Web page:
Not that there is any shame in that, for being a Commericial Pop Hack isn’t easy—it takes hard work, a little luck, etc. Still though it seems a million times easier than doing the heavy lifting, soul searching and hard living it takes to become a tortured creative genius. Which is why, in the end, you will still be a Drooling Fanatic.

With that said, I’d like to throw you a compliment. While reading your book I was also reading another book called Bandalism by Julian Ridgway. This book was incredibly terrible. In fact after about a half dozen pages I decided to just skip around and I skim through it hoping to find at least one nugget of something that seemed the least bit entertaining or interesting. And I found nothing. This poor sap Ridgway doesn’t even have the skills/ability to be a Commerical Pop Hack. I have no idea what kind of moron would want to buy this book (I get all of my books for free through my library by the way) so I’m not even going to make an attempt to describe how terrible this book was (mainly I just want to forget about it). Maybe you can pick it up for yourself if you are truly curious. But my point is that even being a commercial Pop Hack takes some talent. And there were definitely parts of your book that were very good. Early in the book you described how listening to the Cars “Moving In Stereo” on a walk man transformed the people around you, making them appear deeper, etc. I thought that was a great insight/description. I read a book or two a week, and I have a low threshold for mediocre writing, and it was little gems like that which were enough to keep my interest. One of my favorite sections from the first part of your book was when you described the listening process, from vinyl to 8-tracks to cassettes to cds and to digital files. This one section convinced me that you were worth continued reading. There were times that I would skip a paragraph or two, or even a page or two, but overall I ended up reading about 98% of the book. The end of the book (beginning with the chapter about Ike Reilly) was a lot better than the start of the book. I think you have a real talent for capturing the interesting lives of the musicians you covered.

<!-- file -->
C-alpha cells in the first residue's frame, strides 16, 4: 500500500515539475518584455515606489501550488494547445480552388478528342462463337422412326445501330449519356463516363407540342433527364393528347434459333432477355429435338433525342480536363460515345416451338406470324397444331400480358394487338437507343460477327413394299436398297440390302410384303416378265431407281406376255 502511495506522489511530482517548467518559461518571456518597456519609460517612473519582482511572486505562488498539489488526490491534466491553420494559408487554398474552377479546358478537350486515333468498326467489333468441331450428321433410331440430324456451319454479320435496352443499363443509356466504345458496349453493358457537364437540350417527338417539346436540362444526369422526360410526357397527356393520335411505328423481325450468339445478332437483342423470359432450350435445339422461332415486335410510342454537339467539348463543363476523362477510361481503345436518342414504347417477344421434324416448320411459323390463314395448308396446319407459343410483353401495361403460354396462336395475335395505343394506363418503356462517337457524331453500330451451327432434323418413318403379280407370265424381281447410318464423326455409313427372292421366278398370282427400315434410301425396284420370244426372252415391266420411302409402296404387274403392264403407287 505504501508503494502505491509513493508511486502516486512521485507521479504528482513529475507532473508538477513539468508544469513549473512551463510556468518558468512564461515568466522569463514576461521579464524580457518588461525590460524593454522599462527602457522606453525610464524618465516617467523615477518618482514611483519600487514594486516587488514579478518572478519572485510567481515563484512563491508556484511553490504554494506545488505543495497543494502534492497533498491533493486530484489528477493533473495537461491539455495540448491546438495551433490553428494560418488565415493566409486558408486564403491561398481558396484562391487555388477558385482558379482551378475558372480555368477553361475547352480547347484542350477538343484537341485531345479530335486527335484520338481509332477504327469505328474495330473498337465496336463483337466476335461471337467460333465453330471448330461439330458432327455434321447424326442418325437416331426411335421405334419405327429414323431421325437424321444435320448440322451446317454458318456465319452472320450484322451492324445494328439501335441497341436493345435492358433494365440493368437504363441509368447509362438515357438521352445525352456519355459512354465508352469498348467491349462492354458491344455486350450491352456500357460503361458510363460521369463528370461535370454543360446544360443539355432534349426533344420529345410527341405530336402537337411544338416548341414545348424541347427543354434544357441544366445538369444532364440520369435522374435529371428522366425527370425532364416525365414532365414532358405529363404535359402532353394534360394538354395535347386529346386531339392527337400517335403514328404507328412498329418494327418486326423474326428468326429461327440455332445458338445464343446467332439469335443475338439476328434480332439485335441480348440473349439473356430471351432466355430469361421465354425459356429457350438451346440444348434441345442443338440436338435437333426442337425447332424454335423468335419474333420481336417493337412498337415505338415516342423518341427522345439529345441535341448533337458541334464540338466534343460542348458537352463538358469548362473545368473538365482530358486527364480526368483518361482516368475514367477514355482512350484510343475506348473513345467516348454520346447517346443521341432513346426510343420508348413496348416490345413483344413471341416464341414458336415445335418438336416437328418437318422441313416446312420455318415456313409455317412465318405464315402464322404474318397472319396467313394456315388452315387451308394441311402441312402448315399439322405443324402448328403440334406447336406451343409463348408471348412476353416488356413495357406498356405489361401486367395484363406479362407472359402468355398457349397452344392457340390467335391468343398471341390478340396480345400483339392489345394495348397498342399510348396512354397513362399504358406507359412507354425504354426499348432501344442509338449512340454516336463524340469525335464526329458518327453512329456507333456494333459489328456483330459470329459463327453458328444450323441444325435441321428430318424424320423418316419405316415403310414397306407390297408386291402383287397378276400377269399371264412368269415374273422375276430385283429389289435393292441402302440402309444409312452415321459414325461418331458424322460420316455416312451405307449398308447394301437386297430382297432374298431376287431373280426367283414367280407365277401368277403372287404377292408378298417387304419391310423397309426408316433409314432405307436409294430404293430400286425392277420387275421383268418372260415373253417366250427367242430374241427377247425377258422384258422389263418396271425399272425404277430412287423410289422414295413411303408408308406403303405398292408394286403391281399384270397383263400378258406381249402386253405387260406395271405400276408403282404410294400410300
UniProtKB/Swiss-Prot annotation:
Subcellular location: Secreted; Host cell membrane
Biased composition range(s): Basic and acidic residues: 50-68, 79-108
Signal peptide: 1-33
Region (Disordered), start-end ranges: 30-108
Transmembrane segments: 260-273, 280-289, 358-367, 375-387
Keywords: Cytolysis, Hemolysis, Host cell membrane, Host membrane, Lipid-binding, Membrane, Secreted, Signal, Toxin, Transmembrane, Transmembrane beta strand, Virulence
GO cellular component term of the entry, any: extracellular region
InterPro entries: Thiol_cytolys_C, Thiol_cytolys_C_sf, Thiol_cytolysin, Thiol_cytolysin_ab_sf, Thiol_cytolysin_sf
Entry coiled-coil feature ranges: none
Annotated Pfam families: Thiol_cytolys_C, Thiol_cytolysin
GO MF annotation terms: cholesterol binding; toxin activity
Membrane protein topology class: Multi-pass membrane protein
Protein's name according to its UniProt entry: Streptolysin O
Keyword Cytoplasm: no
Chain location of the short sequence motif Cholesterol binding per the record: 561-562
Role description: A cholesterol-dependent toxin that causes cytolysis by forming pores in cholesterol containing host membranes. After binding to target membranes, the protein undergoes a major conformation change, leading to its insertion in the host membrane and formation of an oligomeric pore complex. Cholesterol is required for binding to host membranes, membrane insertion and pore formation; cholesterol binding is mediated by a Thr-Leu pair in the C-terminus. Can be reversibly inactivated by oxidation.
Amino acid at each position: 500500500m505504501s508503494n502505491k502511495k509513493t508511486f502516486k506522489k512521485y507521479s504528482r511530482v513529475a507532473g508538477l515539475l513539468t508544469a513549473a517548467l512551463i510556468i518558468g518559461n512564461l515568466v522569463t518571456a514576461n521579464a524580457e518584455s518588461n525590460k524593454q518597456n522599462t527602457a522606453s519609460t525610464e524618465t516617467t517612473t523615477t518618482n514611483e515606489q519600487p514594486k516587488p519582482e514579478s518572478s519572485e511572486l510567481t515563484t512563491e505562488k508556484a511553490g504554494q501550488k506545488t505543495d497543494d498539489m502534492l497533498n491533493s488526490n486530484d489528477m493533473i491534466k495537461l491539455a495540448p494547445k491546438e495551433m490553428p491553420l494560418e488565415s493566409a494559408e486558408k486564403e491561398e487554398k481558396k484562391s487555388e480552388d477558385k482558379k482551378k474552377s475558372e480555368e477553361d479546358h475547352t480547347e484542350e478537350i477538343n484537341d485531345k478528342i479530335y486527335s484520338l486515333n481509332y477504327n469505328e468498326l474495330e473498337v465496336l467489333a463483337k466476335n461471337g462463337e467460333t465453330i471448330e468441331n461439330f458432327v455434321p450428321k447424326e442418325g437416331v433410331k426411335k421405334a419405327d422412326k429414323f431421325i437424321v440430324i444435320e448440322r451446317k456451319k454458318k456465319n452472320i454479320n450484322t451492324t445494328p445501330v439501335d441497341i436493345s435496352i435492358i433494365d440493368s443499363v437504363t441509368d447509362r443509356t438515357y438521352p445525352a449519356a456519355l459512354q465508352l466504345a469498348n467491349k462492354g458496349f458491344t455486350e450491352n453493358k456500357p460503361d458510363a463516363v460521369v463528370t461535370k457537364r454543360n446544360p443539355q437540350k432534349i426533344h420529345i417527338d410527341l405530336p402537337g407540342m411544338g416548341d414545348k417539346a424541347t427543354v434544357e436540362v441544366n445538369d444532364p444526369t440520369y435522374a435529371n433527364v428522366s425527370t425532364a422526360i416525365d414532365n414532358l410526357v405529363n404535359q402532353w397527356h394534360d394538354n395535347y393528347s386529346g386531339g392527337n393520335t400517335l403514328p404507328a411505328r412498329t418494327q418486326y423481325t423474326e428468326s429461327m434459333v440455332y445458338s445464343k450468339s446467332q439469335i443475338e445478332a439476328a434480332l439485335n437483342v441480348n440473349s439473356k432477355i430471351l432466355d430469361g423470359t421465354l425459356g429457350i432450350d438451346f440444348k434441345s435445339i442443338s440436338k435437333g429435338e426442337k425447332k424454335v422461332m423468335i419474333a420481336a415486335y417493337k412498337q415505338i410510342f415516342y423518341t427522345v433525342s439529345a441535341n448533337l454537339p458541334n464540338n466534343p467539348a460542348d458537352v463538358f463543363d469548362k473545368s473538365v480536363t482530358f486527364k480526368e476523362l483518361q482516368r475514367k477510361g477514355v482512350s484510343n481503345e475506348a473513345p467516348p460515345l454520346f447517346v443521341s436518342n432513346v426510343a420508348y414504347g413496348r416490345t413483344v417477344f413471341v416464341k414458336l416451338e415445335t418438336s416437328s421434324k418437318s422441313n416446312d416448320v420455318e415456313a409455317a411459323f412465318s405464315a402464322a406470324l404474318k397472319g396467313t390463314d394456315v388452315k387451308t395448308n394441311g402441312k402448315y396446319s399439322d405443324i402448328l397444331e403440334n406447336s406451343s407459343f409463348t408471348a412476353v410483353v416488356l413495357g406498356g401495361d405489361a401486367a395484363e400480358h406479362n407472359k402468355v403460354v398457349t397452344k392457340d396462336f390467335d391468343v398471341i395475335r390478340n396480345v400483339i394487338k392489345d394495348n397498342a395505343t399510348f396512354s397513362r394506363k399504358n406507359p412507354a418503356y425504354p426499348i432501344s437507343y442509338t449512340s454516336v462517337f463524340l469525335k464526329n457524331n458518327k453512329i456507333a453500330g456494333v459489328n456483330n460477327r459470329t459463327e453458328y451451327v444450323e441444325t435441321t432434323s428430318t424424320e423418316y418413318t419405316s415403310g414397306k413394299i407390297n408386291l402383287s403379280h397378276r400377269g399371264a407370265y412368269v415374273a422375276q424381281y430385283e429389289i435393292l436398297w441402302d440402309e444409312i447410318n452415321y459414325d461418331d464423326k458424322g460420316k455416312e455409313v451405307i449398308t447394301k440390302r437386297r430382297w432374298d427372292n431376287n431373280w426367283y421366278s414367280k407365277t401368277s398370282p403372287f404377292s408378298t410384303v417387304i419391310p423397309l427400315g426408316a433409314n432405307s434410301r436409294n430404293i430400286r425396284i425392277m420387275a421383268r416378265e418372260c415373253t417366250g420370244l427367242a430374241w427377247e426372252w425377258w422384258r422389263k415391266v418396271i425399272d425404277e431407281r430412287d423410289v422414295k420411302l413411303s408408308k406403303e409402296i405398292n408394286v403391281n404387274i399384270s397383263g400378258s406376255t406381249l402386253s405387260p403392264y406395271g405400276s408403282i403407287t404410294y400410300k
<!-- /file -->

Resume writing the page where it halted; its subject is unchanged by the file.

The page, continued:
To end with, I want to nitpick one minor thing that really irks me, and that is when people include hip hop as part of Rock. If you are going to include hip hop in your narrative, then you are talking about Pop music—not Rock. Rock has a history, an evolution, an ethos, etc that is an entirely different animal than hip hop. Talking of Rock and talking of hip hop as if they are of the same ilk is likely to not only piss off Rock fans, but piss off hip hop fans as well. And again, it makes the title of your book appear disingenuous. If you need to include Hip Hop in your story, then maybe a better title would have been “Commerical Pop Will Save My Life.”

I hope to hear from you soon.

As of the publication of this blog Almond nor his publisher have yet responded to me.  I give Rock and Roll will Save Your Life 2 Wagemann Heads.